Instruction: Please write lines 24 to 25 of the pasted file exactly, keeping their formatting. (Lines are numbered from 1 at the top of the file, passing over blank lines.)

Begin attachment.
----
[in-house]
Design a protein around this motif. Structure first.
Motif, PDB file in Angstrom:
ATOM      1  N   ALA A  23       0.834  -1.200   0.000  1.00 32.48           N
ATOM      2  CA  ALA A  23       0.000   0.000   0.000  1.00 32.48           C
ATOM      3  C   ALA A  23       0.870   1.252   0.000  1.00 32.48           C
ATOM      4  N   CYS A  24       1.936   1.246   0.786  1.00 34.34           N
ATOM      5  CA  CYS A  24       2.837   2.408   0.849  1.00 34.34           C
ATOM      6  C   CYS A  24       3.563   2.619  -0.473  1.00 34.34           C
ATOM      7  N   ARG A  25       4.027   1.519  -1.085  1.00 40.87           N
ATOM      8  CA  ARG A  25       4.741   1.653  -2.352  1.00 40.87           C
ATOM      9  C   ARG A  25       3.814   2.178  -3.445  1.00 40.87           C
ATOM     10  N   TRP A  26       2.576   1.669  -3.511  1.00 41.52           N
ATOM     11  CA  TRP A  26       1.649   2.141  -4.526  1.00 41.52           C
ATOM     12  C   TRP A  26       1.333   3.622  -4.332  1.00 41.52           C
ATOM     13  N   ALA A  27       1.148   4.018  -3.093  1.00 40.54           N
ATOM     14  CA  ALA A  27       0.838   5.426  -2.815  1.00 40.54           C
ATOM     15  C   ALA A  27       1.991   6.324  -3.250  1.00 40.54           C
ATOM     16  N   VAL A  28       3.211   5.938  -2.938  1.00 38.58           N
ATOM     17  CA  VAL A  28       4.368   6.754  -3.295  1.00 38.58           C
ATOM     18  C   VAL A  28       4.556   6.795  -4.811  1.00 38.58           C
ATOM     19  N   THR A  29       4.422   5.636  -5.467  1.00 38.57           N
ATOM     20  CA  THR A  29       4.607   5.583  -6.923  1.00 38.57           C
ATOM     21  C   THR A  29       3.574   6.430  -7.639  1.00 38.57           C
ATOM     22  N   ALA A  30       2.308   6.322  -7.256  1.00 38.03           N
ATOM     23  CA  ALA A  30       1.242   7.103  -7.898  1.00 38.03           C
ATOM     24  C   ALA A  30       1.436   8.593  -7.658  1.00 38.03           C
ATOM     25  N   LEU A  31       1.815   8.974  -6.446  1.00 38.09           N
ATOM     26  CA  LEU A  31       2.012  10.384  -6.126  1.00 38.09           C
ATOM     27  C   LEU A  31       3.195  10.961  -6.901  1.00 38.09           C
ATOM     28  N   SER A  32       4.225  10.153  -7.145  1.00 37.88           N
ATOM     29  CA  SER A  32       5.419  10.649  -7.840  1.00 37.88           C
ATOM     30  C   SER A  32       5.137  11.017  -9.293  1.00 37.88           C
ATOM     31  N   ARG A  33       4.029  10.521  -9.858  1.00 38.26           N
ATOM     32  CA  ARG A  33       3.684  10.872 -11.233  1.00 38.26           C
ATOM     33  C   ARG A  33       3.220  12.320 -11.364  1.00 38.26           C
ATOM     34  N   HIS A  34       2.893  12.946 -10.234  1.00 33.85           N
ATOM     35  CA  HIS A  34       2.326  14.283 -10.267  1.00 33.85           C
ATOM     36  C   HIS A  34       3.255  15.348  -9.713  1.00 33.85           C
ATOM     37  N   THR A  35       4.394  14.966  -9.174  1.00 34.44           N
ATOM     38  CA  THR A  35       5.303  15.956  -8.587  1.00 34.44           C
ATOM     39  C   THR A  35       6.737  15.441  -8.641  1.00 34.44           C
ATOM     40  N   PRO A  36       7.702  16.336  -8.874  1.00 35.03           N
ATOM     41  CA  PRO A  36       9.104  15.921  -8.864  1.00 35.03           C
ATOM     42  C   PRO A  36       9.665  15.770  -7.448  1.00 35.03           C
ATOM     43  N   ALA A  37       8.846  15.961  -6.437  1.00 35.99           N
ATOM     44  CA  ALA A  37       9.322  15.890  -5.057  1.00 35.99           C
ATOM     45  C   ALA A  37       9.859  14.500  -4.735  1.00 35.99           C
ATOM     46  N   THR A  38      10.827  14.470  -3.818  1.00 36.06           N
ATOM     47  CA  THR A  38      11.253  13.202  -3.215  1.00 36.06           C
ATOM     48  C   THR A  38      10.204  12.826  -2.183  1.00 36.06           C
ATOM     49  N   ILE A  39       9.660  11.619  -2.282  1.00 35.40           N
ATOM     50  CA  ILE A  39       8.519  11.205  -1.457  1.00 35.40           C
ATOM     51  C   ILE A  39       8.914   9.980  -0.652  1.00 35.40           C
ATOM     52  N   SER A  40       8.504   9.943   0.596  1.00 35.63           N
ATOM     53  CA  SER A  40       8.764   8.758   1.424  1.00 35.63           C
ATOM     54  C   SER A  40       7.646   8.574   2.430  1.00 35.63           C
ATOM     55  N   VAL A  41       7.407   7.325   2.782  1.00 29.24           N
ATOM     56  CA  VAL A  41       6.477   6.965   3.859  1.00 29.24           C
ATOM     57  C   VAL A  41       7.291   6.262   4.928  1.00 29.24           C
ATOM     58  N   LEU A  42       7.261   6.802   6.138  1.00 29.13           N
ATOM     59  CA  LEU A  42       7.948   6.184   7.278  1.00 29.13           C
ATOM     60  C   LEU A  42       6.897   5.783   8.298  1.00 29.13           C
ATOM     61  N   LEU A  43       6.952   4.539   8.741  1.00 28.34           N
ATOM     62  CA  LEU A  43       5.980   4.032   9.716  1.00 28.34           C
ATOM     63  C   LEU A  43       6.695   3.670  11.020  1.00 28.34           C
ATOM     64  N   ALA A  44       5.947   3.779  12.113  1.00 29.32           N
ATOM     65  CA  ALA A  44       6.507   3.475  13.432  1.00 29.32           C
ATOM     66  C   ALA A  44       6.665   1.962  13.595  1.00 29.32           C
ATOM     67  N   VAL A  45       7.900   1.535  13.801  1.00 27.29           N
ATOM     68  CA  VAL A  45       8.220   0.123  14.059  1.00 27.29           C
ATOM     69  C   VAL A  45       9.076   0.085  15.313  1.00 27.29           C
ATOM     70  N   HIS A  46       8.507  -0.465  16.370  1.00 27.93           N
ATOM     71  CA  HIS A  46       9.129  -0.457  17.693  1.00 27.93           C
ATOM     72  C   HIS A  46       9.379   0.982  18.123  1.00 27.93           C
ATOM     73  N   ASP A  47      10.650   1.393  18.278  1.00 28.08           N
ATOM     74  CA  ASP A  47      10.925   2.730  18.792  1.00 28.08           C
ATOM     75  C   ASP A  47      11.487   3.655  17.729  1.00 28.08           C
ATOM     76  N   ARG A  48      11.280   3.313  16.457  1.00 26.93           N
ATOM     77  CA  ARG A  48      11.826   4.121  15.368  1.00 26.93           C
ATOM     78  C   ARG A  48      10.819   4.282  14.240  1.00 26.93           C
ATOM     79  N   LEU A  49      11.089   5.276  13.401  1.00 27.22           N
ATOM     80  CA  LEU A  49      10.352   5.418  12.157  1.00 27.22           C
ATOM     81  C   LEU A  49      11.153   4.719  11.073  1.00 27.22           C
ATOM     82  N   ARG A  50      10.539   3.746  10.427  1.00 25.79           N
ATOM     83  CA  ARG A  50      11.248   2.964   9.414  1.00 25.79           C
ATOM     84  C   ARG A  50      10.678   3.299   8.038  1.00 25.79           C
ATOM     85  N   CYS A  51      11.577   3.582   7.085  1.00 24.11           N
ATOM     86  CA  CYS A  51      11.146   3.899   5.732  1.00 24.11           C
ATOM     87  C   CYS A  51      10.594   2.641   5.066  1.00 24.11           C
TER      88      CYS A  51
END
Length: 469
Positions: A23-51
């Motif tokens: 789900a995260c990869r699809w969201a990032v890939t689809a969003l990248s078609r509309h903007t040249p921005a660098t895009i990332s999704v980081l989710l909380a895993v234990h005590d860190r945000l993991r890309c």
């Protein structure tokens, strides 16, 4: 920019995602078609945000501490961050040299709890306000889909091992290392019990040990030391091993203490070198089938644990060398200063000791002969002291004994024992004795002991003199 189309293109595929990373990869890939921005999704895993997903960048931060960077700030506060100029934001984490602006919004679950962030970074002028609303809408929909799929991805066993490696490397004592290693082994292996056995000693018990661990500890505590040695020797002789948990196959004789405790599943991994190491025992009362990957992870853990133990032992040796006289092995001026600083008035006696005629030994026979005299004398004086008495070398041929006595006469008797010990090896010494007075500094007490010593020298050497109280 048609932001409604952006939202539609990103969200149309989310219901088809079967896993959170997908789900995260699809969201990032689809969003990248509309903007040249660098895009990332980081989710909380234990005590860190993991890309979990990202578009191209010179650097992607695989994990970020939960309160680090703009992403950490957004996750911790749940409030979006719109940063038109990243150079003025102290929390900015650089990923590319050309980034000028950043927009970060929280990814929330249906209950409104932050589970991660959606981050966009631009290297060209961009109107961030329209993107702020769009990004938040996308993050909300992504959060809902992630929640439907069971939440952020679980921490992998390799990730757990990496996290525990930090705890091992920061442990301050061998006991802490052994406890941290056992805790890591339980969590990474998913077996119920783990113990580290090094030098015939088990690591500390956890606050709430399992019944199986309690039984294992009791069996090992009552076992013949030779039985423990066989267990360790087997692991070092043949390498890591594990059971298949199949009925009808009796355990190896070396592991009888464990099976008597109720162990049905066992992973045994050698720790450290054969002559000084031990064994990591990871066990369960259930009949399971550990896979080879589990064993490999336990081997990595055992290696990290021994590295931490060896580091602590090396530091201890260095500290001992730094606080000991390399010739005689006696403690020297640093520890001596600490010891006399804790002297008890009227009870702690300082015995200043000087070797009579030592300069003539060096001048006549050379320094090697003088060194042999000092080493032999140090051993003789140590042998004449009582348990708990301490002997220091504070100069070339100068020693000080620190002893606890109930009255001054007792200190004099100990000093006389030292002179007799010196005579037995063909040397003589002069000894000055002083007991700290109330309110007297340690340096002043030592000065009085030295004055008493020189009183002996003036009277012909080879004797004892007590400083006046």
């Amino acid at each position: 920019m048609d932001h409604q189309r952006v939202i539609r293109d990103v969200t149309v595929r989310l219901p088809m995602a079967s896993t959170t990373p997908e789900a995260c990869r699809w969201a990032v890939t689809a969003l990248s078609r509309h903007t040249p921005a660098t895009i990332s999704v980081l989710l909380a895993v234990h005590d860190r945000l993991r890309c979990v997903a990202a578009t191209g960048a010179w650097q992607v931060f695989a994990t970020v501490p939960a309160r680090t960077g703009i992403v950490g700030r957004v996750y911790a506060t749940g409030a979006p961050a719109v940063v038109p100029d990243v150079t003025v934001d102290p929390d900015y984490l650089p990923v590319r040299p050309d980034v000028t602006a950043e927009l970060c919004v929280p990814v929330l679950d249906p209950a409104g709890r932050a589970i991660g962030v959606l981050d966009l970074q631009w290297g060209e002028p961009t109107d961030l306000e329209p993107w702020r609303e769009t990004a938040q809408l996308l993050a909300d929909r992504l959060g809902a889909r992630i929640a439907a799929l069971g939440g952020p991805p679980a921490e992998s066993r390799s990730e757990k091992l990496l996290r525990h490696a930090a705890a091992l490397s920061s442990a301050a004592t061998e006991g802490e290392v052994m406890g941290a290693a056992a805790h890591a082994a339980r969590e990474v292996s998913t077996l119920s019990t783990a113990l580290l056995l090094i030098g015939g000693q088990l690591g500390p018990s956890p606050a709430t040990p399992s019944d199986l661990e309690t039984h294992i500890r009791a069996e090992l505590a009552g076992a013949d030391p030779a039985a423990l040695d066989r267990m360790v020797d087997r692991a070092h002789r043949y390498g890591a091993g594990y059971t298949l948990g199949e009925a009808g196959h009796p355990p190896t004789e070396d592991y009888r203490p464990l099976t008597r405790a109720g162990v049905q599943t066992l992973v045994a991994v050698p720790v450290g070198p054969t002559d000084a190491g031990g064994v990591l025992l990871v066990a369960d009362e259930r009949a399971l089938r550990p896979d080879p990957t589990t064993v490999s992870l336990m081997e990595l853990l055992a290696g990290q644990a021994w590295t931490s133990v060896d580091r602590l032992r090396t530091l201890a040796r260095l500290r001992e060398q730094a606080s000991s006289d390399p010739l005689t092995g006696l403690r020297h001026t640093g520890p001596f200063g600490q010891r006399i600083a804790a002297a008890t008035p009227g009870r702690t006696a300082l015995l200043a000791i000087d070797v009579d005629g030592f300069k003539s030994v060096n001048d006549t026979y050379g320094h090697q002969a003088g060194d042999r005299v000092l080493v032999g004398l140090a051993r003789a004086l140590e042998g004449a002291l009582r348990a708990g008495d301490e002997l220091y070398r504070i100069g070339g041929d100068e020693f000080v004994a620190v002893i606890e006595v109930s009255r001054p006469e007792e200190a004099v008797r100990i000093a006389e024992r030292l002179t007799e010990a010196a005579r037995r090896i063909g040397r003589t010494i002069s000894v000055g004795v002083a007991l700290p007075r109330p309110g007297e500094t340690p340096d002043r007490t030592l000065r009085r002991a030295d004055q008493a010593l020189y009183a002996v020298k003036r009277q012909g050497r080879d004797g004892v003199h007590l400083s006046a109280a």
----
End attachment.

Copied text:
ATOM     21  C   THR A  29       3.574   6.430  -7.639  1.00 38.57           C
ATOM     22  N   ALA A  30       2.308   6.322  -7.256  1.00 38.03           N